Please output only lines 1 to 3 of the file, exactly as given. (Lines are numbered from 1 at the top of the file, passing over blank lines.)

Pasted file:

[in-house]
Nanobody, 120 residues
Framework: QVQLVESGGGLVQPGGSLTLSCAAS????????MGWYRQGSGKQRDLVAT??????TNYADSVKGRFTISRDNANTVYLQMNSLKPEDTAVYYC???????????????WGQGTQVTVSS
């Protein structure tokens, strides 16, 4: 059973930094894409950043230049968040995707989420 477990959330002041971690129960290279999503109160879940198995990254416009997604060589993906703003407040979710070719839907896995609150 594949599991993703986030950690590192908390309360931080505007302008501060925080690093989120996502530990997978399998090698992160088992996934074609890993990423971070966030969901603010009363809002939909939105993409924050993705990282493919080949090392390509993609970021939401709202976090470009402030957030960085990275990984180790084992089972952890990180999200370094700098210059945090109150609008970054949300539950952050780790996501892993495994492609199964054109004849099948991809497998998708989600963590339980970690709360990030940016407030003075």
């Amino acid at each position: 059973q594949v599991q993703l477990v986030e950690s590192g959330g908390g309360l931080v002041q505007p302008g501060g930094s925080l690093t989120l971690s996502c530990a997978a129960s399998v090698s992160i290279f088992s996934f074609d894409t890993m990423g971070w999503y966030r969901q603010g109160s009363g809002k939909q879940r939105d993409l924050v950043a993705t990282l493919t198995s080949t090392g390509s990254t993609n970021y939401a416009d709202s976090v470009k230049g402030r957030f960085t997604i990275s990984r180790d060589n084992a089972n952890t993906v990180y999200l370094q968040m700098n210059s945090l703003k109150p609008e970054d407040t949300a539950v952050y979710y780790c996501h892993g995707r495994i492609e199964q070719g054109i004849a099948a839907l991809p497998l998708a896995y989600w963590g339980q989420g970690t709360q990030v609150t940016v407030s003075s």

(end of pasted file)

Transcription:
[in-house]
Nanobody, 120 residues
Framework: QVQLVESGGGLVQPGGSLTLSCAAS????????MGWYRQGSGKQRDLVAT??????TNYADSVKGRFTISRDNANTVYLQMNSLKPEDTAVYYC???????????????WGQGTQVTVSS